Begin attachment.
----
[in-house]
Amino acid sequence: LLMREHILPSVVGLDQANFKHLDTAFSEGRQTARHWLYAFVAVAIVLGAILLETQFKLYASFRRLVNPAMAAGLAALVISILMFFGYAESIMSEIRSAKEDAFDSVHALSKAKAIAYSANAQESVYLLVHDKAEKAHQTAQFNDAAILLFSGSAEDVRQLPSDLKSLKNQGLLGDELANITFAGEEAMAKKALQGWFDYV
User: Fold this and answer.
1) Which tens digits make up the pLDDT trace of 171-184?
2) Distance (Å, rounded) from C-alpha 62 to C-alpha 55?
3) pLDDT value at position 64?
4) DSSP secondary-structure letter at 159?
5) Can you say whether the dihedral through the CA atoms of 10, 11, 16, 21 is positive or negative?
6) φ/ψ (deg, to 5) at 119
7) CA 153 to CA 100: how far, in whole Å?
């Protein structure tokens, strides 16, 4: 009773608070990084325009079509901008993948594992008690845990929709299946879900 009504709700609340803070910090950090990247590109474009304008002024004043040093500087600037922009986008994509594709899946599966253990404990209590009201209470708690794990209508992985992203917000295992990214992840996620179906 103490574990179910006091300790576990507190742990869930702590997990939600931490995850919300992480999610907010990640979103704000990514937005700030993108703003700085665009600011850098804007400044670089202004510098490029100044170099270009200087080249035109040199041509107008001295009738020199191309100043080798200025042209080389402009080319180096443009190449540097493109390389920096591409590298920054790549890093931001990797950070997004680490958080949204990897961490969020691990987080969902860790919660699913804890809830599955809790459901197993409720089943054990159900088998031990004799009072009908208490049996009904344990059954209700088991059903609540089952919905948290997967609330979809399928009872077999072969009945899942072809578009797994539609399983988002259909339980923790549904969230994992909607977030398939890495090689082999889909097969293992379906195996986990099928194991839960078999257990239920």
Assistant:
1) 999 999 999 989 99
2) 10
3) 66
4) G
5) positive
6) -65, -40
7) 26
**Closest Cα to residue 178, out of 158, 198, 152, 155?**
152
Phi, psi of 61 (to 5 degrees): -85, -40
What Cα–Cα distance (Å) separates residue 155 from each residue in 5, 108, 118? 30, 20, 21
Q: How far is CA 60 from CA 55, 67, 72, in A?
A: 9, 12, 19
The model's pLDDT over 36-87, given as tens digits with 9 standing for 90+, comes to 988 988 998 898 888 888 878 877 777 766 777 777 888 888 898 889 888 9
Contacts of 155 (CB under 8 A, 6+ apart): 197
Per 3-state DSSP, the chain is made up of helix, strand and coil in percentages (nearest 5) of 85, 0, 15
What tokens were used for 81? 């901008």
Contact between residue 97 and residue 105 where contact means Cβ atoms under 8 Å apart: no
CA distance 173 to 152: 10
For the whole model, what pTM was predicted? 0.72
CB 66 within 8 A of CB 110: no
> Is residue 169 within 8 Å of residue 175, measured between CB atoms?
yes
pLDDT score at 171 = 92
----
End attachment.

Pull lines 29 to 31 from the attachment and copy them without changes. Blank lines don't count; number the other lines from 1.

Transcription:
What tokens were used for 81? 């901008």
Contact between residue 97 and residue 105 where contact means Cβ atoms under 8 Å apart: no
CA distance 173 to 152: 10